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NASA was scheduled to launch a new, next-generation weather satellite early Wednesday morning, but unfavorable weather conditions forced the postponement of the launch.
A new launch date for the satellite, which will help improve the accuracy of weather forecasting, has been set for Saturday, Nov. 18 at 4:47 a.m. EST.
The satellite is the first of four weather satellites in the Joint Polar Satellite System (JPSS) and has been named JPSS-1.
“The new JPSS satellite will join GOES-16 as we are confronting one of the most tragic hurricane seasons in the past decade,” said Secretary of Commerce Wilbur Ross.
“The JPSS satellite system will provide advanced forecasting on not only hurricanes but also dangerous weather events threatening communities across the United States,” Ross added.
Here are three things to know about the new weather satellite:
1. JPSS-1 will be much different from GOES-16
Last November, GOES-16 (formerly GOES-R) made headlines by being the first of the next generation of geostationary weather satellites.
GOES-16 orbits the Earth around 22,000 miles above the equator and remains fixed over the same area of the globe at all times.
This satellite has sent back incredible images of snowstorms, hurricanes and severe thunderstorms, but since it is fixed over the same area of the world, it is unable so send back information for areas such as Africa or Asia.
JPSS-1 is in a different family of satellites and will be launched into a polar orbit, circling the globe 14 times a day from pole to pole.
Being in a polar orbit, JPSS-1 will gather data from around the world from a distance of around 520 miles. This provides meteorologists with much different information than GOES-16.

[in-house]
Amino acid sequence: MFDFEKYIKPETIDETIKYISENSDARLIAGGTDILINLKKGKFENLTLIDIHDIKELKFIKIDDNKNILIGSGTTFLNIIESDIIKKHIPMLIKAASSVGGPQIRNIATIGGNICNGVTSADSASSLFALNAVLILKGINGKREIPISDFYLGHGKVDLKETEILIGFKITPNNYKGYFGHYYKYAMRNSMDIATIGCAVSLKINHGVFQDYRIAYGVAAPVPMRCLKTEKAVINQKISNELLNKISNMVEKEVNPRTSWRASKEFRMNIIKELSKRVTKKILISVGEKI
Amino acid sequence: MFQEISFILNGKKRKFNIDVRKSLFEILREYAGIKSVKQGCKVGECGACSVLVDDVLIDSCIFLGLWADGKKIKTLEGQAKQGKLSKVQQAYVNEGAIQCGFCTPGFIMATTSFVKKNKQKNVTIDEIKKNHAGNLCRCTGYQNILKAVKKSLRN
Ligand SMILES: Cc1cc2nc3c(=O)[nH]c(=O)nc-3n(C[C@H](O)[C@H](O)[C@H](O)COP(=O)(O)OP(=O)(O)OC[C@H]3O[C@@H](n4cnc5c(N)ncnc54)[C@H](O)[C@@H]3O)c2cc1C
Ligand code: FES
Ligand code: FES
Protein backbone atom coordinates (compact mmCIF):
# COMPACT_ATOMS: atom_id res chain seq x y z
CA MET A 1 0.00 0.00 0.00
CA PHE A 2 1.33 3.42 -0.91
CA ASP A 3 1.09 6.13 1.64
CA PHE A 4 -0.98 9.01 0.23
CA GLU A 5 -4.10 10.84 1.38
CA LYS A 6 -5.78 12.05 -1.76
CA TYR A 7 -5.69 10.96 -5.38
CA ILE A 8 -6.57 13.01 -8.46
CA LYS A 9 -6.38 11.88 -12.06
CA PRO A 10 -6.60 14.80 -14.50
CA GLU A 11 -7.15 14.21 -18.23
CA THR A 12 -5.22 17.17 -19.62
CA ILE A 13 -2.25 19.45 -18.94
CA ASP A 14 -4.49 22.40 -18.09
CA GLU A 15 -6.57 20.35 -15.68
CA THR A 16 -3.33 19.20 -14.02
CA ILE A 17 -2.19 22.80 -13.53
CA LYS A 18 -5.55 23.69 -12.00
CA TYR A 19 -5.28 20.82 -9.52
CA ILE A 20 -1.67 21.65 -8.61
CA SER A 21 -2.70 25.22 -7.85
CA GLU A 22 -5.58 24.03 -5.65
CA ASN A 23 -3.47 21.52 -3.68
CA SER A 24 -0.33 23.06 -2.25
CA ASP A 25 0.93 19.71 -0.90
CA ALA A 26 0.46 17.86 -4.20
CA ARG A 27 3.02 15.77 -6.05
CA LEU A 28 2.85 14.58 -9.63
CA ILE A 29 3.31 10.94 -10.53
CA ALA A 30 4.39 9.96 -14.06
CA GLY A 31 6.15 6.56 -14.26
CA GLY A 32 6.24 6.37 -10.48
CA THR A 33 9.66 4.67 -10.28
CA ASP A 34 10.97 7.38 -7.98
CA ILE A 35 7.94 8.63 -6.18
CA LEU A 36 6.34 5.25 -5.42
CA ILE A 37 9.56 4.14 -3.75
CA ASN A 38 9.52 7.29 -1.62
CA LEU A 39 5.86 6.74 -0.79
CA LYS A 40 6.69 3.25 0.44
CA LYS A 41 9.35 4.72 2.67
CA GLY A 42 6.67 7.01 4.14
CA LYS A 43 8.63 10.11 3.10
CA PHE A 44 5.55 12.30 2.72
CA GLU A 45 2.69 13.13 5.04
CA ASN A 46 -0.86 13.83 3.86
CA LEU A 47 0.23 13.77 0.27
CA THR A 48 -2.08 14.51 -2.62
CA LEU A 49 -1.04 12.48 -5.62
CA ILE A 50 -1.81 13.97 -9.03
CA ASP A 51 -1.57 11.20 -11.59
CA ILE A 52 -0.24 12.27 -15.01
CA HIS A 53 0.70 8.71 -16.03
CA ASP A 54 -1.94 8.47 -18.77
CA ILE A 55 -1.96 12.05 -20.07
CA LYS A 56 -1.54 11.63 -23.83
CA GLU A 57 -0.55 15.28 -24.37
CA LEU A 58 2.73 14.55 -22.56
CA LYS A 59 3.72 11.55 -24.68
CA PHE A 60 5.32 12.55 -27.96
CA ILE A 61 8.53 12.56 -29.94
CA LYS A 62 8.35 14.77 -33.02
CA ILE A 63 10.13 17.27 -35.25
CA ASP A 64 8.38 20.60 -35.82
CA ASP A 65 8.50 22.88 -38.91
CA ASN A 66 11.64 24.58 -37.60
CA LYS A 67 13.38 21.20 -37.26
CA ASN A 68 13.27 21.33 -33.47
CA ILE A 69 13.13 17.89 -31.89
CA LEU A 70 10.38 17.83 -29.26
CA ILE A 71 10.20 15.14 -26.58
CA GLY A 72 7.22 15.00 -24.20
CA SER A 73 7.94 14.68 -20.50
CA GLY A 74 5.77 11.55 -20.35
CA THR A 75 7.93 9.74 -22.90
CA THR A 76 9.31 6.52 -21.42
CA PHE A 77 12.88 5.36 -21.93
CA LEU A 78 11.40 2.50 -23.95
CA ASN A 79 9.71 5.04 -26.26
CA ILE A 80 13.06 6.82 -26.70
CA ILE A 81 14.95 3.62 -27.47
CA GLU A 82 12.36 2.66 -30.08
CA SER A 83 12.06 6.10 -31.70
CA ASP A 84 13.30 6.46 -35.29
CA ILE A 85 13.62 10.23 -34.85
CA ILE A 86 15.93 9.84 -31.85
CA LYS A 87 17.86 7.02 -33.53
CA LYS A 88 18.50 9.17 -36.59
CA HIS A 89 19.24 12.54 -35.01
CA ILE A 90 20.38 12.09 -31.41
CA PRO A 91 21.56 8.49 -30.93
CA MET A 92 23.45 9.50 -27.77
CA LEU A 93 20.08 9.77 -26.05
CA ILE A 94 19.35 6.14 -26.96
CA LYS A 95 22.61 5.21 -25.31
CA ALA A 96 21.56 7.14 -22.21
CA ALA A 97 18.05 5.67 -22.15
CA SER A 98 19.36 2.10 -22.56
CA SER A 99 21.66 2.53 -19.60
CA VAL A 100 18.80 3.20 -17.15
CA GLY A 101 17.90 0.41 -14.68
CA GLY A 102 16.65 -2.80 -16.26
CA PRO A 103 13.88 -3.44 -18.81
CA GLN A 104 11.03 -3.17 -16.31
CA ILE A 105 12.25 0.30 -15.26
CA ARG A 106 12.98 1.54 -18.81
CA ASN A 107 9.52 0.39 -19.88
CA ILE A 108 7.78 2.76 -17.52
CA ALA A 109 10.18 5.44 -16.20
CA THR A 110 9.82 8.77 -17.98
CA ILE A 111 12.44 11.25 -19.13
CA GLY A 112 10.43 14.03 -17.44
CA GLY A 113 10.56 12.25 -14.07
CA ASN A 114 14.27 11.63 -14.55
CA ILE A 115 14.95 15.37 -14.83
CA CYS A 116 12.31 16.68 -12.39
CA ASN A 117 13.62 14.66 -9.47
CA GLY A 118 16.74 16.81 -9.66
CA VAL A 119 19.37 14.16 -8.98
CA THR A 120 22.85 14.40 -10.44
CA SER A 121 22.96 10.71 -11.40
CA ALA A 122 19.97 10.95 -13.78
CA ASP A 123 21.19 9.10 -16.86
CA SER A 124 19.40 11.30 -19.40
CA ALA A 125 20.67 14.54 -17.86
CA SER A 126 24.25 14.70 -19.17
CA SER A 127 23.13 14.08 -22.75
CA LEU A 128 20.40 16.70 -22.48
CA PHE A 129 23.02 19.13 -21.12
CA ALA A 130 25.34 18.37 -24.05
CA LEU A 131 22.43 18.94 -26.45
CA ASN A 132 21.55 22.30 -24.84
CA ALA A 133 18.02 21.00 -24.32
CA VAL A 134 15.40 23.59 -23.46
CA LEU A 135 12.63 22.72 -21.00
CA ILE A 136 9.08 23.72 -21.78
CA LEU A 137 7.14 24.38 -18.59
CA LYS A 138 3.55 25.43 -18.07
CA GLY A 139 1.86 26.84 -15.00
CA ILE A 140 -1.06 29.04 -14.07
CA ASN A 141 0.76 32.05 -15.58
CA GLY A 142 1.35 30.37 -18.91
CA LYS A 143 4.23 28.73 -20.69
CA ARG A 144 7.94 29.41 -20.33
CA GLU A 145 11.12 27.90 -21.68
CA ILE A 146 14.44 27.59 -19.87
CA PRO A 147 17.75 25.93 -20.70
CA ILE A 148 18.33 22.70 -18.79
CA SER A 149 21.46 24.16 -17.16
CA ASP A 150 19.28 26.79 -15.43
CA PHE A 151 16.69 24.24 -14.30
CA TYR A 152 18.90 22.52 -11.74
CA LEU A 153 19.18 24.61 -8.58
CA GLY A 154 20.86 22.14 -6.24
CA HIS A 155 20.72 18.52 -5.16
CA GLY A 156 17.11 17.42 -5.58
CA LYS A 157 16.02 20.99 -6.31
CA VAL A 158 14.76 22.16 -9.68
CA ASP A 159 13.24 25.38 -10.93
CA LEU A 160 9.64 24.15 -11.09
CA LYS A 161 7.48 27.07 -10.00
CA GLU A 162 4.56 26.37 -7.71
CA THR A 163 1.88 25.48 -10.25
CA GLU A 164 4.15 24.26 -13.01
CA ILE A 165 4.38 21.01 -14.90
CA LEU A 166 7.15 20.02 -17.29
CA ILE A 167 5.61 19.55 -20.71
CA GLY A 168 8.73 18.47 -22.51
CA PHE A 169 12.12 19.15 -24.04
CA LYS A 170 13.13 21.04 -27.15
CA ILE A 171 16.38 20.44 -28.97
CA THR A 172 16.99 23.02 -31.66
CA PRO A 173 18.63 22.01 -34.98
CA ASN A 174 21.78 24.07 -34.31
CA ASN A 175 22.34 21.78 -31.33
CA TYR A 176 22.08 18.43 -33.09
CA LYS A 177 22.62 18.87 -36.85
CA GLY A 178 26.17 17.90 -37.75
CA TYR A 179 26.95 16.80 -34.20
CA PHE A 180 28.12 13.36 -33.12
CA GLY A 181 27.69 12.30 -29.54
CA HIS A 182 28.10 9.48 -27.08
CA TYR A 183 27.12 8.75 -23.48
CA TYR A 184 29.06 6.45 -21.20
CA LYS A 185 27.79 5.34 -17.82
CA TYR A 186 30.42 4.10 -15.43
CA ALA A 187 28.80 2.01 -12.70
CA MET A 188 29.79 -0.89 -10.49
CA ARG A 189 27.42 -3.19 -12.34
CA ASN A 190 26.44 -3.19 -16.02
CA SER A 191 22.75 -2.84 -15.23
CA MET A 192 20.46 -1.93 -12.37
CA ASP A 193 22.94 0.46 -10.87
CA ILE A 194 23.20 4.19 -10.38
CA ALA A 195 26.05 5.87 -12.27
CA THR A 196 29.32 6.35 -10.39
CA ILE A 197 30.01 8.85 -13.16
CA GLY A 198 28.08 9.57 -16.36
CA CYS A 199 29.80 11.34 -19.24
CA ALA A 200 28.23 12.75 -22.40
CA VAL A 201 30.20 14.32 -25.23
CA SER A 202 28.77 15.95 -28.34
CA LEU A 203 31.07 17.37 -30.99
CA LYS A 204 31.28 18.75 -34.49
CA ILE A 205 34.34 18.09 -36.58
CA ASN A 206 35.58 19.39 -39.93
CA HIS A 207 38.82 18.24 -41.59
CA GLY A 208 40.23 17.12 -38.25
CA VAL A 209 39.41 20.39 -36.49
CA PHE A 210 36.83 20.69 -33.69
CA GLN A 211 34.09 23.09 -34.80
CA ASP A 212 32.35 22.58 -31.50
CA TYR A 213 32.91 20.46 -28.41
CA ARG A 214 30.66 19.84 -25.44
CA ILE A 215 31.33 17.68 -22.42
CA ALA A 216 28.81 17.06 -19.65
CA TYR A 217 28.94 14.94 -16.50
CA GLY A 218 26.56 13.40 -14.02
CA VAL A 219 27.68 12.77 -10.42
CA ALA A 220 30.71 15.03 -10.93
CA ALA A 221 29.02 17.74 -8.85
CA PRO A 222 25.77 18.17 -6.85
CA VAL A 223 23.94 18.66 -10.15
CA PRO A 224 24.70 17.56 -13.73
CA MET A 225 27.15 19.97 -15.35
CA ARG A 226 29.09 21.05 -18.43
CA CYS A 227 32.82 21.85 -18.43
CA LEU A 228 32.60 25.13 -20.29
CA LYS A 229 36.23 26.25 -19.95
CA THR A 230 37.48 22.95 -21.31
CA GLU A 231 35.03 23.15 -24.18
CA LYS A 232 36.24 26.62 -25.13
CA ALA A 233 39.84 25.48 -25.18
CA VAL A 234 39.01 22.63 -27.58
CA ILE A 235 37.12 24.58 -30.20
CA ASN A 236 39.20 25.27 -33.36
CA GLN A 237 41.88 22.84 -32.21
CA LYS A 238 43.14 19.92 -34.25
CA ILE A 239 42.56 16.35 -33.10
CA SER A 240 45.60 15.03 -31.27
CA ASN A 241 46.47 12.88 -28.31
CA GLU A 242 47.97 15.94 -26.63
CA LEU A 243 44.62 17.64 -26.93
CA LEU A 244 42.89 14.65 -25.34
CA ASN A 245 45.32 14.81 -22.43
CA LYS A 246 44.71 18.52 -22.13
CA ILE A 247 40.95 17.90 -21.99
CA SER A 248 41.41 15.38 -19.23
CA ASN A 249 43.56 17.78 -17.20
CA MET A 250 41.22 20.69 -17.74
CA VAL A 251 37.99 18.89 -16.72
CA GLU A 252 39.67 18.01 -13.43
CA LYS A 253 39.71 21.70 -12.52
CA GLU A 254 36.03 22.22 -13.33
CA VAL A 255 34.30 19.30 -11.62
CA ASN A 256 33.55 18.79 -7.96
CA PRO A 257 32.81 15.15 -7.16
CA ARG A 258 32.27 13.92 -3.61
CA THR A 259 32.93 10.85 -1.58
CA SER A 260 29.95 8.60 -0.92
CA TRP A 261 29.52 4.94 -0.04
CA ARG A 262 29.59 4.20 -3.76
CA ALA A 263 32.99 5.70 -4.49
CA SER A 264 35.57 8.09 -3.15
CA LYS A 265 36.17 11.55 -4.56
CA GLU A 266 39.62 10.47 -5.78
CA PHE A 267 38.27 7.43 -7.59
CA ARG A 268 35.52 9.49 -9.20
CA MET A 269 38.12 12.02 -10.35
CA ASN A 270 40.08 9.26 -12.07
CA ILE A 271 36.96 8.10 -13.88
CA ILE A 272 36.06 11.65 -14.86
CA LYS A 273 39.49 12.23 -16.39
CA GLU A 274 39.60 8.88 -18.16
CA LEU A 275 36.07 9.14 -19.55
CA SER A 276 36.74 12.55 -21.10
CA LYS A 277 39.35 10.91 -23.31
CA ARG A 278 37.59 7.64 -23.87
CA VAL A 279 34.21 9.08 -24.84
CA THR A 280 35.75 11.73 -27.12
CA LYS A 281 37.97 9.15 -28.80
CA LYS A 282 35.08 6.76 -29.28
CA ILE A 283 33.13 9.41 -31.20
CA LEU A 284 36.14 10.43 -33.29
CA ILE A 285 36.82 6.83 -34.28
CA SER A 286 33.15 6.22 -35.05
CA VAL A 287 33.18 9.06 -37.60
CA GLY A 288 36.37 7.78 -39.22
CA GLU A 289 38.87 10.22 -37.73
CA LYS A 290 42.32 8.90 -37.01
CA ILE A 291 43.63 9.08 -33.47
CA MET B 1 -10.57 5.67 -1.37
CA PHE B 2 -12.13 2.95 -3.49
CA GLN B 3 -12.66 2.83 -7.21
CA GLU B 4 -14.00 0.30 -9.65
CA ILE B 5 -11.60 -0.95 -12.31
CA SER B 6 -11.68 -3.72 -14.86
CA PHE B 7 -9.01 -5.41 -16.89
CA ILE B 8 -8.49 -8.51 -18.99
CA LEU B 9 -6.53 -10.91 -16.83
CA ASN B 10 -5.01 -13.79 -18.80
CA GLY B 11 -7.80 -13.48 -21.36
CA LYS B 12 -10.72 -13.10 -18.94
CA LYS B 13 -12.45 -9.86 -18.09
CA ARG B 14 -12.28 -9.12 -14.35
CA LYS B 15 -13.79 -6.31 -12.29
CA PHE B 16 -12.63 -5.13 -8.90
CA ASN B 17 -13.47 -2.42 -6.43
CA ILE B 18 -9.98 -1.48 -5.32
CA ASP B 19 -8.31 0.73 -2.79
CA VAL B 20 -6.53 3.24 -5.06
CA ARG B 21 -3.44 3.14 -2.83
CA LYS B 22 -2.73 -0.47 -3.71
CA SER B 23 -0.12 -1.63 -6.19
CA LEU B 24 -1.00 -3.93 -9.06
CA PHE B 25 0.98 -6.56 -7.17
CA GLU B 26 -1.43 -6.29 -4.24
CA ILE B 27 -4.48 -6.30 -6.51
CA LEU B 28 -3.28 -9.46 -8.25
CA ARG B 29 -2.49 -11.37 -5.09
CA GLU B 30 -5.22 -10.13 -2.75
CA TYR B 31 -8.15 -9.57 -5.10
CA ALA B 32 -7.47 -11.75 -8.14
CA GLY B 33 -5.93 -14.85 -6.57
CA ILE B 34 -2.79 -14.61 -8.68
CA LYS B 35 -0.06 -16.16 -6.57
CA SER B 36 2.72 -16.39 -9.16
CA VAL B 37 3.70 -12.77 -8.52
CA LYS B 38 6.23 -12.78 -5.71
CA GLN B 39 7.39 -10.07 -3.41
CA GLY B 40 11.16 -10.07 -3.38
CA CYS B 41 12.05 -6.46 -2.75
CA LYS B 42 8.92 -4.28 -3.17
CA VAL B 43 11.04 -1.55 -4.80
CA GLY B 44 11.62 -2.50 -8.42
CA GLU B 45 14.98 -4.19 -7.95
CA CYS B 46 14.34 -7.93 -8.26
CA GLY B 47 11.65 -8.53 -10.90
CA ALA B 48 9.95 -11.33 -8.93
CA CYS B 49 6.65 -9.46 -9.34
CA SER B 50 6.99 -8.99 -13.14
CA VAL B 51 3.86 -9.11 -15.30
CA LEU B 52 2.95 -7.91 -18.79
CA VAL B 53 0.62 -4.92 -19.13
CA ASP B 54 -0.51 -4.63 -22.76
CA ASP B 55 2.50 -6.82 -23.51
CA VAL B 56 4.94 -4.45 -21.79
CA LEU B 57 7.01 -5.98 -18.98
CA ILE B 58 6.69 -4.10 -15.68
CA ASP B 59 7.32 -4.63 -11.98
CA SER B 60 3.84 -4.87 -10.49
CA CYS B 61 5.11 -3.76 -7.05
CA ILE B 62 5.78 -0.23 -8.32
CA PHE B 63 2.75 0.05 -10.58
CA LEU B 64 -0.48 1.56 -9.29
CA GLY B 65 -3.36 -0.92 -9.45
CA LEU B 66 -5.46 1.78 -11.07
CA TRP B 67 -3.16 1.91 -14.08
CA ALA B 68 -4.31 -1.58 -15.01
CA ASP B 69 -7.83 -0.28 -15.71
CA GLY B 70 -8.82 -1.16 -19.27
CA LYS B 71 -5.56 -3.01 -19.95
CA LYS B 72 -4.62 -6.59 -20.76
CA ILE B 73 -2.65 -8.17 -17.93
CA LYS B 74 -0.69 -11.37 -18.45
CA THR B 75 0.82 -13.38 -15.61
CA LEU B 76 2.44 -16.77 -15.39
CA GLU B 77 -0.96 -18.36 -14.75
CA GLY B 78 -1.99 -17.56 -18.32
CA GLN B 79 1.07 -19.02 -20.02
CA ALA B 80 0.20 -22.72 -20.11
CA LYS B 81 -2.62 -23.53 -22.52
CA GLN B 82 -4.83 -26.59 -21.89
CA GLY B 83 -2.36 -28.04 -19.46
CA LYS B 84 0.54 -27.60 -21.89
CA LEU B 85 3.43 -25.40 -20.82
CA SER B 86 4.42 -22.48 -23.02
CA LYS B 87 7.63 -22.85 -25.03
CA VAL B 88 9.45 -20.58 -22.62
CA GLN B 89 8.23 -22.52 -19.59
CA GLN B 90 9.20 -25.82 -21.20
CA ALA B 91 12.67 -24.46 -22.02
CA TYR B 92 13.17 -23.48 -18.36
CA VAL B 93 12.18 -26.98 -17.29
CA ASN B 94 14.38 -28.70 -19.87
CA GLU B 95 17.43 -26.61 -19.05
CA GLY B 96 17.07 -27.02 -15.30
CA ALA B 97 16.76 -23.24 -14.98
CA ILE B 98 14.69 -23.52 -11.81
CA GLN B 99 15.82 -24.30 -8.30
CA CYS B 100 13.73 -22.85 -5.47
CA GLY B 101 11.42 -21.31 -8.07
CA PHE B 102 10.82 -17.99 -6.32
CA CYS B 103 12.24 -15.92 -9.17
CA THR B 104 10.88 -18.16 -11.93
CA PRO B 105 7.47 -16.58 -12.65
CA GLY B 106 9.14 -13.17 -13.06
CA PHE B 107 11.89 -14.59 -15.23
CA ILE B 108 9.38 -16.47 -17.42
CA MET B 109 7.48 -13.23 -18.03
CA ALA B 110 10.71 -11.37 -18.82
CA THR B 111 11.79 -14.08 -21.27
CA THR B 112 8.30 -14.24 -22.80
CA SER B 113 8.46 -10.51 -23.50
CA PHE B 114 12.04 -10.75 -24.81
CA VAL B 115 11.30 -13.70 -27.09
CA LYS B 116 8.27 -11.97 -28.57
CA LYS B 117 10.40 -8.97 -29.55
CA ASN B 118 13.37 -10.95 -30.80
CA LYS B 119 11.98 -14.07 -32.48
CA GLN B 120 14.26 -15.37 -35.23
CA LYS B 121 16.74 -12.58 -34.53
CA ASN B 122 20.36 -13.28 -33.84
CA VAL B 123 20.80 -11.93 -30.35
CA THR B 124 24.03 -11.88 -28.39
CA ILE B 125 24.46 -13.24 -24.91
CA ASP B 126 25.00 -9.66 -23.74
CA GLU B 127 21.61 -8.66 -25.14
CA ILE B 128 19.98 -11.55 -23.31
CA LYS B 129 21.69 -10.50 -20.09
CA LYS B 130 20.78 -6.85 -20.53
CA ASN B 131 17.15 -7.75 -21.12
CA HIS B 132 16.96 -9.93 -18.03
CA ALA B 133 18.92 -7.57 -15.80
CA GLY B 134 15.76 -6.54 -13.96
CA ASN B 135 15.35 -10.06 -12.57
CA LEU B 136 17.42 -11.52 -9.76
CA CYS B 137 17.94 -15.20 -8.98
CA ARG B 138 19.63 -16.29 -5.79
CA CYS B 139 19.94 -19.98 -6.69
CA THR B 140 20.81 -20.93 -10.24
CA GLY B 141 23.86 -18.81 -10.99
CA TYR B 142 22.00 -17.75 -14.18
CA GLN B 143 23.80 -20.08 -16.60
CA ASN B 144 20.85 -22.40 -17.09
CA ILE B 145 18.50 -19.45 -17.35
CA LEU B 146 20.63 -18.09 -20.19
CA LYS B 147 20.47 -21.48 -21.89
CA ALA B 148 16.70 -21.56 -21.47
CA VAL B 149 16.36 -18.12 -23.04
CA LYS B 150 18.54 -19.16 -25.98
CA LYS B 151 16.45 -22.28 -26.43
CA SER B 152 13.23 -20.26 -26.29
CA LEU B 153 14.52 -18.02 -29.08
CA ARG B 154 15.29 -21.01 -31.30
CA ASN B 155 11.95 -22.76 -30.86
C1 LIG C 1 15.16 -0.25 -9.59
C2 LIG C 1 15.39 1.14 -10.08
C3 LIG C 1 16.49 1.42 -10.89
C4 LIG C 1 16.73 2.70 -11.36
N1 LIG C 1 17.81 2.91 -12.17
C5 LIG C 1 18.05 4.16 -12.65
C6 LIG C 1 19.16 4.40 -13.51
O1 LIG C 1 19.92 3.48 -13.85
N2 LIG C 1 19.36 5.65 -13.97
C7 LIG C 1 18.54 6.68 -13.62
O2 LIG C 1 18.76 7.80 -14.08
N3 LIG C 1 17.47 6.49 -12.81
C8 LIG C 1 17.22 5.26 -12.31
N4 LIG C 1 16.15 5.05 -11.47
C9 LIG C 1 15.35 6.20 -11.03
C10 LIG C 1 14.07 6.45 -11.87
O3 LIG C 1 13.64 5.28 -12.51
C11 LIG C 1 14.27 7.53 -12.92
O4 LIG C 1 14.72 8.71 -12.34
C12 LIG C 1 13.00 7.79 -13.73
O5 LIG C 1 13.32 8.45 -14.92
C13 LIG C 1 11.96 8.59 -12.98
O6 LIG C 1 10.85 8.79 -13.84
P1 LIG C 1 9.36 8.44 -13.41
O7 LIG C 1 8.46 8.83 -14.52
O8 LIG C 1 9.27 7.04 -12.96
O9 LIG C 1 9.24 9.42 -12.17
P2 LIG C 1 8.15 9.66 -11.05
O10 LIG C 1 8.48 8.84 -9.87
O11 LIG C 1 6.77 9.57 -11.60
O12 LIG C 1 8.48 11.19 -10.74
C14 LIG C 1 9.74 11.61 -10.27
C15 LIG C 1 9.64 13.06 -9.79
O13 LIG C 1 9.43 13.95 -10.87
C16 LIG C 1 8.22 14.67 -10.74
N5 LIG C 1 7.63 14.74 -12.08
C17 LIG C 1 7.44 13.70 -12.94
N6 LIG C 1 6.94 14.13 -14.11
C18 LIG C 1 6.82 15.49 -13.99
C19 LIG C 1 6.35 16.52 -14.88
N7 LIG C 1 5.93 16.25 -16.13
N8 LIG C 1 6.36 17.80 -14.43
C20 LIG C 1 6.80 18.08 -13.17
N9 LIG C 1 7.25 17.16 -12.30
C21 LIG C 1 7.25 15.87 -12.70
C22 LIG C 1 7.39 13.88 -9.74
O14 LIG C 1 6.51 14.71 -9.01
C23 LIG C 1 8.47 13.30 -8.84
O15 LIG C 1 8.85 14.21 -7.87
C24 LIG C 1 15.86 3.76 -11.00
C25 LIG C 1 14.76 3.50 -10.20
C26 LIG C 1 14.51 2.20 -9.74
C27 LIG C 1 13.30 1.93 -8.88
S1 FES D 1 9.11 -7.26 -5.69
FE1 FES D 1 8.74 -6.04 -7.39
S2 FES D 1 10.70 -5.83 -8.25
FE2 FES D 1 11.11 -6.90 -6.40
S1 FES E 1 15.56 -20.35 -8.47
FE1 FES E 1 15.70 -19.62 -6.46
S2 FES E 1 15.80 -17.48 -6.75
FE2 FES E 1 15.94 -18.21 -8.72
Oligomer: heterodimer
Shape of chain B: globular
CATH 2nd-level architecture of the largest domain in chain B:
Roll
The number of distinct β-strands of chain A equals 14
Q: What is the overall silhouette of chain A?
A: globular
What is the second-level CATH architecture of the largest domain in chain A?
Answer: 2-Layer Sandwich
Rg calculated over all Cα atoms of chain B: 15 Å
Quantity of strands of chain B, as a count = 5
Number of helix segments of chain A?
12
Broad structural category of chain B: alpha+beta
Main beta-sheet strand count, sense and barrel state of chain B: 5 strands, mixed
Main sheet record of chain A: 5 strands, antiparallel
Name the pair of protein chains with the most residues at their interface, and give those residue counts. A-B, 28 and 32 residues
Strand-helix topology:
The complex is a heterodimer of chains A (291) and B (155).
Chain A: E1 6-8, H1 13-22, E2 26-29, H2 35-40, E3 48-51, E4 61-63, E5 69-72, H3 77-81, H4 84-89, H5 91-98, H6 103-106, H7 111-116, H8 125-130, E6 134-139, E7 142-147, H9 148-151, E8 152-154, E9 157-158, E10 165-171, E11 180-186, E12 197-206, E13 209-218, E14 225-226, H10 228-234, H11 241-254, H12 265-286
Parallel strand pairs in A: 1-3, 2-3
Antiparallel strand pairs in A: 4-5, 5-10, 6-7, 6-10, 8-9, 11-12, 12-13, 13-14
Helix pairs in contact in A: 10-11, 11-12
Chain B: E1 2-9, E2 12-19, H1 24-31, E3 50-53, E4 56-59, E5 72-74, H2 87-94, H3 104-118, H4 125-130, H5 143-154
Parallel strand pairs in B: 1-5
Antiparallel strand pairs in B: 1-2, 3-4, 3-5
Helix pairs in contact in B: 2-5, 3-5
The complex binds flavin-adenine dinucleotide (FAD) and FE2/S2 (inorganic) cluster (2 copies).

“Using polar satellite data, we have been able to provide emergency managers with more accurate forecasts, allowing them to pre-position equipment and resources days before a storm. JPSS will continue this trend,” said Louis W. Uccellini, Ph.D., director of NOAA’s National Weather Service.
2. How the instruments on JPSS-1 will help to improve weather forecasts
Polar-orbiting satellites supply 85 percent of the data used in weather prediction computer models, so the weather observations taken by the five advanced instruments on JPSS-1 will supply these models with more comprehensive information.
“The satellite will provide meteorologists with a variety of observations, such as atmospheric temperature and moisture, sea-surface temperature, ocean color, sea ice cover, volcanic ash and fire detection,” NOAA said.
Other polar-orbiting weather satellites currently in use collect similar data, but the instruments on board JPSS-1 will be more advanced and able to gather data at a higher resolution.
Specifically, the Advanced Technology Microwave Sounder (ATMS) instrument on JPSS-1 will offer more channels, better resolution and a wider swath than older weather satellites to improve the accuracy of short- and medium-term forecasting.
The high-resolution observations will help to provide meteorologists with more information during severe weather events, including hurricanes, blizzards and severe thunderstorm outbreaks.
“JPSS-1 is going to bring the latest, most advanced technology that NOAA has ever flown in polar orbit to produce accurate three- to seven-day weather forecasts,” said Greg Mandt, director of the JPSS program at NOAA.
3. Long-term observations to help climate scientists
Data collected by JPSS-1 and subsequent satellites help to improve not only short- and medium-range forecasts but also long-term climate studies.
The Cross-Track Infrared Sounder (CrIS) instrument will collect high-vertical-resolution temperature and water vapor information and detect changes in greenhouse gasses.
Over a long period of time, these observations can help climate scientists improve climate prediction, as well as better understand long-duration weather phenomenon such as El Niño and La Niña.
JPSS-1 launched before dawn on Tuesday atop a Delta II rocket form Vandenberg Air Force Base, California.
Although JPSS-1 has launched, it will not become operational until 2018. Once it does become operational, it will be renamed NOAA-20.
The satellite's primary mission is designed to last for seven years, but it may remain in service longer if the instruments continue to function properly.
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